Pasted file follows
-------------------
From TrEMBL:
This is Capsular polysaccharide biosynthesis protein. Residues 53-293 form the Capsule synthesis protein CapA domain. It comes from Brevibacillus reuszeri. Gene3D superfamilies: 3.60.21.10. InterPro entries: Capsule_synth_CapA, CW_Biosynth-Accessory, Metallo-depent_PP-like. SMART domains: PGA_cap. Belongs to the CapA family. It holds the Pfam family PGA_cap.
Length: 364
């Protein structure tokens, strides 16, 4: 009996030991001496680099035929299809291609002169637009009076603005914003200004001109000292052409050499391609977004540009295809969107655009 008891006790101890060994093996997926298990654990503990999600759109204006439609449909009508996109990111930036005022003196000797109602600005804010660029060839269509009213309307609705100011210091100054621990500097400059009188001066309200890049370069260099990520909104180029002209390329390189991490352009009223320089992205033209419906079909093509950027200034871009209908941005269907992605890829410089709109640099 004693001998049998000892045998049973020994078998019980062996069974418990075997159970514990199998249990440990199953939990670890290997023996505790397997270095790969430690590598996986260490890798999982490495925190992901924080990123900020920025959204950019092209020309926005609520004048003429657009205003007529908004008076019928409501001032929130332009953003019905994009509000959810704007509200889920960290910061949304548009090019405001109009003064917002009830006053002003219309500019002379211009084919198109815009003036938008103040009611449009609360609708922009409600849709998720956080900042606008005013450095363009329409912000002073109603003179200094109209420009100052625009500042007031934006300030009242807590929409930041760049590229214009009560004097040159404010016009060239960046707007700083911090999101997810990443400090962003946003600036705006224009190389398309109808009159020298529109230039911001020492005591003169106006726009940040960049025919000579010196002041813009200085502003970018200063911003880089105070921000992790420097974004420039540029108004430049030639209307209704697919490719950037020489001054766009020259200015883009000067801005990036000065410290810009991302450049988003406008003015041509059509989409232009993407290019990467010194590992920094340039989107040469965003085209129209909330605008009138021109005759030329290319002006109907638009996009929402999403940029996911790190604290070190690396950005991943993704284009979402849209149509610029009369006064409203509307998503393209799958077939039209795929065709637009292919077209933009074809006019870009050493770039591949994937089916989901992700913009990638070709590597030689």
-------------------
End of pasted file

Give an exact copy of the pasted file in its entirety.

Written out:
From TrEMBL:
This is Capsular polysaccharide biosynthesis protein. Residues 53-293 form the Capsule synthesis protein CapA domain. It comes from Brevibacillus reuszeri. Gene3D superfamilies: 3.60.21.10. InterPro entries: Capsule_synth_CapA, CW_Biosynth-Accessory, Metallo-depent_PP-like. SMART domains: PGA_cap. Belongs to the CapA family. It holds the Pfam family PGA_cap.
Length: 364
């Protein structure tokens, strides 16, 4: 009996030991001496680099035929299809291609002169637009009076603005914003200004001109000292052409050499391609977004540009295809969107655009 008891006790101890060994093996997926298990654990503990999600759109204006439609449909009508996109990111930036005022003196000797109602600005804010660029060839269509009213309307609705100011210091100054621990500097400059009188001066309200890049370069260099990520909104180029002209390329390189991490352009009223320089992205033209419906079909093509950027200034871009209908941005269907992605890829410089709109640099 004693001998049998000892045998049973020994078998019980062996069974418990075997159970514990199998249990440990199953939990670890290997023996505790397997270095790969430690590598996986260490890798999982490495925190992901924080990123900020920025959204950019092209020309926005609520004048003429657009205003007529908004008076019928409501001032929130332009953003019905994009509000959810704007509200889920960290910061949304548009090019405001109009003064917002009830006053002003219309500019002379211009084919198109815009003036938008103040009611449009609360609708922009409600849709998720956080900042606008005013450095363009329409912000002073109603003179200094109209420009100052625009500042007031934006300030009242807590929409930041760049590229214009009560004097040159404010016009060239960046707007700083911090999101997810990443400090962003946003600036705006224009190389398309109808009159020298529109230039911001020492005591003169106006726009940040960049025919000579010196002041813009200085502003970018200063911003880089105070921000992790420097974004420039540029108004430049030639209307209704697919490719950037020489001054766009020259200015883009000067801005990036000065410290810009991302450049988003406008003015041509059509989409232009993407290019990467010194590992920094340039989107040469965003085209129209909330605008009138021109005759030329290319002006109907638009996009929402999403940029996911790190604290070190690396950005991943993704284009979402849209149509610029009369006064409203509307998503393209799958077939039209795929065709637009292919077209933009074809006019870009050493770039591949994937089916989901992700913009990638070709590597030689």